Imagine going to a farm in downtown London and picking your own fresh vegetables.
That’s the reality Urban Roots London is working toward.
Following suit with the growing trend of urban agriculture, which aims to bring farm-fresh food to communities, Urban Roots is a startup devoted to growing food in food deserts — areas with no access to fresh food — in London’s downtown.
“We're going to be working with people to fill a need, whatever that need is,” says Jeremy Horrell, one of the founders. He explains it can be someone who needs a job, is interested in nature, wants to gain skills or just wants fresh produce.
Last November, Heather Barnes and Graham Bracken, two former Western students in law and economics/philosophy respectively, were inspired by the Michigan Urban Farming Initiative (MUFI).
“They grow a lot of food organically and they funnel it right back into the community,” says Barnes. “While we were there people walked up [to the urban farm] and they walked away with food.”
After taking this knowledge back to London, the two met Horrell, creator of Forest City Family (a community of London businesses who support the local movement), and quickly realized he would be a perfect addition to the team.
Richie Bloomfield, a former Ivey HBA student who currently teaches a second-year accounting course at Western, joined up soon afterward. Bloomfield grew up on a farm, giving him an experienced background to draw on.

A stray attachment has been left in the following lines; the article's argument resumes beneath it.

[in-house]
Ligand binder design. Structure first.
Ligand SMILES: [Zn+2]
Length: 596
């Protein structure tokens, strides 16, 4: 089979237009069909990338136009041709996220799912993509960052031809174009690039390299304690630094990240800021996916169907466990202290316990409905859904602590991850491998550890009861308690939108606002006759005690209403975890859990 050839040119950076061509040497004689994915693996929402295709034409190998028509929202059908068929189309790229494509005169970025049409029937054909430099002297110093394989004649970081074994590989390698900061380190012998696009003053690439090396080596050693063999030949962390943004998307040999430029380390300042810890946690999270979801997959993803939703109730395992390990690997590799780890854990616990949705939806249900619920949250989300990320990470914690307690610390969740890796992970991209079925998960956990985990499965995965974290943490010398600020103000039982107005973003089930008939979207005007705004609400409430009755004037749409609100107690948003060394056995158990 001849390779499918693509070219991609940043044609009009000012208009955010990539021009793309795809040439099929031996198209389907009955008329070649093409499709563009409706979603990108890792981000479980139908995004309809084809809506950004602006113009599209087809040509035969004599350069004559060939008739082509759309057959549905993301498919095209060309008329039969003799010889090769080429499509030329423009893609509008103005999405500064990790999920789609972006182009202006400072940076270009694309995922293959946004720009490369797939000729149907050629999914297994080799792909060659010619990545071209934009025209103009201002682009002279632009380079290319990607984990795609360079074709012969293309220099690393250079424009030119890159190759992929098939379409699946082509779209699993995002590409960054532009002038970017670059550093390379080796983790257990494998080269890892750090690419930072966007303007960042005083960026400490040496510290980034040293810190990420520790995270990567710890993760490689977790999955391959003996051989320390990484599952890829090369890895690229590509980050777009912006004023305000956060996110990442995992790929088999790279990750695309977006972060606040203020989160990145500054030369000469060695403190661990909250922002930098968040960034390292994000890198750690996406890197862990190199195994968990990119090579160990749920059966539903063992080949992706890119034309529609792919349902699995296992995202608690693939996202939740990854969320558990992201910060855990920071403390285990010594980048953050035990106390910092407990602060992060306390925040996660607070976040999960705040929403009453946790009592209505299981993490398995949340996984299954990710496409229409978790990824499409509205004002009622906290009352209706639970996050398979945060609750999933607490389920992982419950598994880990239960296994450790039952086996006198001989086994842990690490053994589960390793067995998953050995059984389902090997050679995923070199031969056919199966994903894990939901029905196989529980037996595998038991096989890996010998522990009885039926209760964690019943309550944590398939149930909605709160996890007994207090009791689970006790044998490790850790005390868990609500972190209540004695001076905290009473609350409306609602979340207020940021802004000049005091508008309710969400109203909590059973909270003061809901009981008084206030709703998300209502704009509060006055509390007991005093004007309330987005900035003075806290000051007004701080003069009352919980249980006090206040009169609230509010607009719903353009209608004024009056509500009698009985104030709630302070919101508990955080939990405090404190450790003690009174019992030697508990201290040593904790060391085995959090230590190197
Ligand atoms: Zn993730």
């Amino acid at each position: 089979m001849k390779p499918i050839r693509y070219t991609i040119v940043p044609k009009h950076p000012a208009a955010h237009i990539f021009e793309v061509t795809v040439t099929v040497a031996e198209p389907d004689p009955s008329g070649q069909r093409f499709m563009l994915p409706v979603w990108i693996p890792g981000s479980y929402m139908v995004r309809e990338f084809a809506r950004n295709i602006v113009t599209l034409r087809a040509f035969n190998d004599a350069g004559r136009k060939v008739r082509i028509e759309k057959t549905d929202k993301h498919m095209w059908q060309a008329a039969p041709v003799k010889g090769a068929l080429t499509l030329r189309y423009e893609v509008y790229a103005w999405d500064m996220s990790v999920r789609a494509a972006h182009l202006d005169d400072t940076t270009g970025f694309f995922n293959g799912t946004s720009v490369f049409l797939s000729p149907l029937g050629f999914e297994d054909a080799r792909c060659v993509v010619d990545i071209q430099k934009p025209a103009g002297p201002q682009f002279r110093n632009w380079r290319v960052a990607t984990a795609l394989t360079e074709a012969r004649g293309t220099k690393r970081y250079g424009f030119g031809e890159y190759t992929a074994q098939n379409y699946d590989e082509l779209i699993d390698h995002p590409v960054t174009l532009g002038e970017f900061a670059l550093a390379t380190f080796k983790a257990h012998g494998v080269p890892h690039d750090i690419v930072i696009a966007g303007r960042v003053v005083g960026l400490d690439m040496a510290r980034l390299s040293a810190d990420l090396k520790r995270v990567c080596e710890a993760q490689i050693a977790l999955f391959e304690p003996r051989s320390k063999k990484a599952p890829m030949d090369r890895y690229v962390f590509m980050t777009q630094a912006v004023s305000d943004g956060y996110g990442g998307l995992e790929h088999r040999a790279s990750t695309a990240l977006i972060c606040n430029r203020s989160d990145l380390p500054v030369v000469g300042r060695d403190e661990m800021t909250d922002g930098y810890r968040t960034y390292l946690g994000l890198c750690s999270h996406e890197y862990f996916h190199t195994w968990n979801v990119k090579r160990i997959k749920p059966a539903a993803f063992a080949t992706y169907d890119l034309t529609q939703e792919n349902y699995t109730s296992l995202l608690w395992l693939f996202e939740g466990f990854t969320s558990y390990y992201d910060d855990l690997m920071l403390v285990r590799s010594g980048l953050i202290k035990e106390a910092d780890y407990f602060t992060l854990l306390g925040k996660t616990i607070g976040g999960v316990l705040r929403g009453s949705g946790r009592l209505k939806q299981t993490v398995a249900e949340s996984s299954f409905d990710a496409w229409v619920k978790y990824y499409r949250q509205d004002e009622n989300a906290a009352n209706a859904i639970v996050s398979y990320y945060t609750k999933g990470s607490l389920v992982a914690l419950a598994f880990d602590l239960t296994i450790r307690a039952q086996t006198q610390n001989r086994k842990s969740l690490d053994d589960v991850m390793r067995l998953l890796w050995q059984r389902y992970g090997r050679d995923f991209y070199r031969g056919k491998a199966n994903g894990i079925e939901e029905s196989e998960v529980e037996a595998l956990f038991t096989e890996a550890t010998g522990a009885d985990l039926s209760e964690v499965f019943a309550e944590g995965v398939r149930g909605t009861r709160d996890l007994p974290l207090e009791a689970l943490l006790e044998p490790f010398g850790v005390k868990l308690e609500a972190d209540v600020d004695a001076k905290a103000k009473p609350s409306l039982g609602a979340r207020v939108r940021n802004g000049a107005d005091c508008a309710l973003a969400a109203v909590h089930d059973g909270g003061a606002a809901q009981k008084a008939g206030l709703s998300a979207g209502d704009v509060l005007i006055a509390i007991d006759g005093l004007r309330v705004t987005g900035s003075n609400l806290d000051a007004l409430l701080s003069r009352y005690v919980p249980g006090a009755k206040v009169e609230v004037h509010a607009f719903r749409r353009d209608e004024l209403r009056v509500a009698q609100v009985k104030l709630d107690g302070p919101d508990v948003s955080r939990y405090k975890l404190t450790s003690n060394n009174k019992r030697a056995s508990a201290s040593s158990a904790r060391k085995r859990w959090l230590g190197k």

The team also stresses that students can be a huge part of this project. Whether students are contributing to it or benefitting from it, Urban Roots London will help bring students outside of the Western bubble.
According to Barnes, the majority of volunteers for MUFI come from the local university.
“They realized they were in town for university, they wanted to contribute to the community in the meaningful way. That work fed a community; they're committed to a system to improve it,” says Barnes. “That's a spin that I would love to see Western students take on.”
The project offers fresh food on a budget, which can help students eat healthy without depending on expensive grocery store produce.
“We’re offering a patch where people can support things as far as local businesses and that money goes toward a fresh food initiative,” says Horrell.
Bracken explains there are several possibilities for distribution as of right now, such as partnering with social services, food banks, supplying restaurants, spreading the food throughout the neighbourhood and a possible donation program. Currently, the London city council is working on a policy that will allow Urban Roots London to sell their produce.
As the growing season quickly approaches, the biggest obstacle in the team’s way is getting funding. While they have already applied for grants, Barnes explains they’ve launched a GoFundMe to bridge the gap until the grant money comes in.
“If we don't get started in the next month and a half, we might miss the entire [growing] season, or at least a part of it,” explains Barnes.
Bloomfield adds that timing isn’t on their side. “As we teach in accounting, cash flow matters quite a bit and timing of that cash flow for us is the hardest part,” he explains.
Assuming everything is sorted out in time, the team will start growing in mid-March and have produce ready to be enjoyed by London’s population at large by the middle of summer.
If you’re interested in supporting Urban Roots London, check out their GoFundMe.